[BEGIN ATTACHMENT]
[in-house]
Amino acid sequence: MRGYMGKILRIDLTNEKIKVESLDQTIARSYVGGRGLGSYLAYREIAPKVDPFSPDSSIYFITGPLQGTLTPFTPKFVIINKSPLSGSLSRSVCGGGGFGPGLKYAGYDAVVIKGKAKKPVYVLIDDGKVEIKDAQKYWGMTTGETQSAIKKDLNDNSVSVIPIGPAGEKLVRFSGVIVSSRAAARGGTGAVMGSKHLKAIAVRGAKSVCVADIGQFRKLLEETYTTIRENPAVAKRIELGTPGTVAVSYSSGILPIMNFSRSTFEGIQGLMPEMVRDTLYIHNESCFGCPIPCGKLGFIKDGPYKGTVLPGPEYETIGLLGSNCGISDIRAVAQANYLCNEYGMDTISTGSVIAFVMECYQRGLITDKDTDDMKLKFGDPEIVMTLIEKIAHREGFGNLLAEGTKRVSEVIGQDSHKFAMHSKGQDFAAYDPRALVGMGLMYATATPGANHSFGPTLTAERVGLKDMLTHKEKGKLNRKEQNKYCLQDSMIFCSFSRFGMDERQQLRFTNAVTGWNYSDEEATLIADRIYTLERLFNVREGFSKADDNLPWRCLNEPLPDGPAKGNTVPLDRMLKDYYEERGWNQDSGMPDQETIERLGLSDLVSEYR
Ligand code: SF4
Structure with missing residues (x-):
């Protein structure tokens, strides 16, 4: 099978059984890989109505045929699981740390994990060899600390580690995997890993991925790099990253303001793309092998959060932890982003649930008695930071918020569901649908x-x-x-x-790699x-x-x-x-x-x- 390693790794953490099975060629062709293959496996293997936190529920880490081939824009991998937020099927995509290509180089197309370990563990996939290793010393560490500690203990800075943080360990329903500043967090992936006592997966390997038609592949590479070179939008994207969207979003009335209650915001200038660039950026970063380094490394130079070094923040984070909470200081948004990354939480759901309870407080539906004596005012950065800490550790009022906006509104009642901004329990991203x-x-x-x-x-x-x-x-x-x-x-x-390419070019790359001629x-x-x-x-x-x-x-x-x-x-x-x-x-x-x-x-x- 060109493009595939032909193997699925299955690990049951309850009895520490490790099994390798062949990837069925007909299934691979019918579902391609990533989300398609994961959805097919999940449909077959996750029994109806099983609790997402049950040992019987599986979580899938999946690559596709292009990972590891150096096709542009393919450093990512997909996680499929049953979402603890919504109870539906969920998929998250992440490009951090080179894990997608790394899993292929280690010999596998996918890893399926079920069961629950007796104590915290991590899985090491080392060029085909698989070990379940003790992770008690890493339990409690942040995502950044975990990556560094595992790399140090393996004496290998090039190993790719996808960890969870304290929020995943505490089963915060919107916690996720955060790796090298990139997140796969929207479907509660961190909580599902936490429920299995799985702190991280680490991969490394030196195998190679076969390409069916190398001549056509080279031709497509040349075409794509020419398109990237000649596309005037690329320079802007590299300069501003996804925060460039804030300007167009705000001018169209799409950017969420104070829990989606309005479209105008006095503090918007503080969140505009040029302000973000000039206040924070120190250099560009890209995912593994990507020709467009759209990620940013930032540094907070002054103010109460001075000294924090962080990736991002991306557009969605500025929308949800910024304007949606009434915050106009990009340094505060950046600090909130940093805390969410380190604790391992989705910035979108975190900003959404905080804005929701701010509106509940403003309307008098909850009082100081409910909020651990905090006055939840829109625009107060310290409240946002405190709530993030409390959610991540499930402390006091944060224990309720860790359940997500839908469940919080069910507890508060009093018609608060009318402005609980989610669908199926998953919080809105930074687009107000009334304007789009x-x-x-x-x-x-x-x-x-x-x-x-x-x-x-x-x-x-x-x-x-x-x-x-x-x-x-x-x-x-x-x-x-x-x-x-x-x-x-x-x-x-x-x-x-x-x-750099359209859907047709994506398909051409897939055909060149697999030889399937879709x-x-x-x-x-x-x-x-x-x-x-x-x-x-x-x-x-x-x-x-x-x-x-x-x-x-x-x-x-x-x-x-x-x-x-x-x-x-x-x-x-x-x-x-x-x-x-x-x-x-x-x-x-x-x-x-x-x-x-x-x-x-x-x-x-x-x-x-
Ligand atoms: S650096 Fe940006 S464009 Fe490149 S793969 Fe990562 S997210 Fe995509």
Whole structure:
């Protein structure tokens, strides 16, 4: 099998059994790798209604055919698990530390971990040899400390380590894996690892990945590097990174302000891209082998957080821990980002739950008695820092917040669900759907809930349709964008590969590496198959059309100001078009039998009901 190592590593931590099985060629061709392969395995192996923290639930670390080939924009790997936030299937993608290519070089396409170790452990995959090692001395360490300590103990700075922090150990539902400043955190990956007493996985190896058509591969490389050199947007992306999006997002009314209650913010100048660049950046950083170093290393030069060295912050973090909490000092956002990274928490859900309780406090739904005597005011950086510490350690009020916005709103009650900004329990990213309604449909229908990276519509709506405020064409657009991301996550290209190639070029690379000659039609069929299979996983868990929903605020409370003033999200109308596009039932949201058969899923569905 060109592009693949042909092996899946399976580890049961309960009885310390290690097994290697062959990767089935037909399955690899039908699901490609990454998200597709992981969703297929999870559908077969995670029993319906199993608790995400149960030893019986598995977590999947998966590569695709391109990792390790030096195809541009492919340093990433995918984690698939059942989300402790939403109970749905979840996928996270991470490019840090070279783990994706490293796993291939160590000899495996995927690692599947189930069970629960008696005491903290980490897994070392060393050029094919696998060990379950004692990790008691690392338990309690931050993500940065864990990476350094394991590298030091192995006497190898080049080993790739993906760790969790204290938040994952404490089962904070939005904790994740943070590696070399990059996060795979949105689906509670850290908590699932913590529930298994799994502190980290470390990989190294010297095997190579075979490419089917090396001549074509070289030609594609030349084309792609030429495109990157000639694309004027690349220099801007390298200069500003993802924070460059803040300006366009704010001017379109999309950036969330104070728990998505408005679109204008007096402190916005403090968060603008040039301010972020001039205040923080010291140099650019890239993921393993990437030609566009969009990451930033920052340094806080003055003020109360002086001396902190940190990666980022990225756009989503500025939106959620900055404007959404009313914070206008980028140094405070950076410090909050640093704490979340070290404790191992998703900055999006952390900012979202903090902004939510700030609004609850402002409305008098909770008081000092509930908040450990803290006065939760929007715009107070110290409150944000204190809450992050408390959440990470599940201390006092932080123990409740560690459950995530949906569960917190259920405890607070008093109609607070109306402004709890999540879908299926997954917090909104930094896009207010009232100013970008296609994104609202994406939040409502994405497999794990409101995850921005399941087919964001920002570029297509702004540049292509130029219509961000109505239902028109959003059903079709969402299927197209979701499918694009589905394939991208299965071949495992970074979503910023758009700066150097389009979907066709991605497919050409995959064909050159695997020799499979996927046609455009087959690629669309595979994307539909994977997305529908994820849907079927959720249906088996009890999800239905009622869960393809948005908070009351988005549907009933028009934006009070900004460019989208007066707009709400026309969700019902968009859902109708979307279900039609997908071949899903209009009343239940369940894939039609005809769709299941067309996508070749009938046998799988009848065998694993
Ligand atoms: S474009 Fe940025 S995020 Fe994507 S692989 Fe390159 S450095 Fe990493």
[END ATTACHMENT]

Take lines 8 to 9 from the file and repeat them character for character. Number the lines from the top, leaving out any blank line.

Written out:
């Protein structure tokens, strides 16, 4: 099998059994790798209604055919698990530390971990040899400390380590894996690892990945590097990174302000891209082998957080821990980002739950008695820092917040669900759907809930349709964008590969590496198959059309100001078009039998009901 190592590593931590099985060629061709392969395995192996923290639930670390080939924009790997936030299937993608290519070089396409170790452990995959090692001395360490300590103990700075922090150990539902400043955190990956007493996985190896058509591969490389050199947007992306999006997002009314209650913010100048660049950046950083170093290393030069060295912050973090909490000092956002990274928490859900309780406090739904005597005011950086510490350690009020916005709103009650900004329990990213309604449909229908990276519509709506405020064409657009991301996550290209190639070029690379000659039609069929299979996983868990929903605020409370003033999200109308596009039932949201058969899923569905 060109592009693949042909092996899946399976580890049961309960009885310390290690097994290697062959990767089935037909399955690899039908699901490609990454998200597709992981969703297929999870559908077969995670029993319906199993608790995400149960030893019986598995977590999947998966590569695709391109990792390790030096195809541009492919340093990433995918984690698939059942989300402790939403109970749905979840996928996270991470490019840090070279783990994706490293796993291939160590000899495996995927690692599947189930069970629960008696005491903290980490897994070392060393050029094919696998060990379950004692990790008691690392338990309690931050993500940065864990990476350094394991590298030091192995006497190898080049080993790739993906760790969790204290938040994952404490089962904070939005904790994740943070590696070399990059996060795979949105689906509670850290908590699932913590529930298994799994502190980290470390990989190294010297095997190579075979490419089917090396001549074509070289030609594609030349084309792609030429495109990157000639694309004027690349220099801007390298200069500003993802924070460059803040300006366009704010001017379109999309950036969330104070728990998505408005679109204008007096402190916005403090968060603008040039301010972020001039205040923080010291140099650019890239993921393993990437030609566009969009990451930033920052340094806080003055003020109360002086001396902190940190990666980022990225756009989503500025939106959620900055404007959404009313914070206008980028140094405070950076410090909050640093704490979340070290404790191992998703900055999006952390900012979202903090902004939510700030609004609850402002409305008098909770008081000092509930908040450990803290006065939760929007715009107070110290409150944000204190809450992050408390959440990470599940201390006092932080123990409740560690459950995530949906569960917190259920405890607070008093109609607070109306402004709890999540879908299926997954917090909104930094896009207010009232100013970008296609994104609202994406939040409502994405497999794990409101995850921005399941087919964001920002570029297509702004540049292509130029219509961000109505239902028109959003059903079709969402299927197209979701499918694009589905394939991208299965071949495992970074979503910023758009700066150097389009979907066709991605497919050409995959064909050159695997020799499979996927046609455009087959690629669309595979994307539909994977997305529908994820849907079927959720249906088996009890999800239905009622869960393809948005908070009351988005549907009933028009934006009070900004460019989208007066707009709400026309969700019902968009859902109708979307279900039609997908071949899903209009009343239940369940894939039609005809769709299941067309996508070749009938046998799988009848065998694993
Ligand atoms: S474009 Fe940025 S995020 Fe994507 S692989 Fe390159 S450095 Fe990493």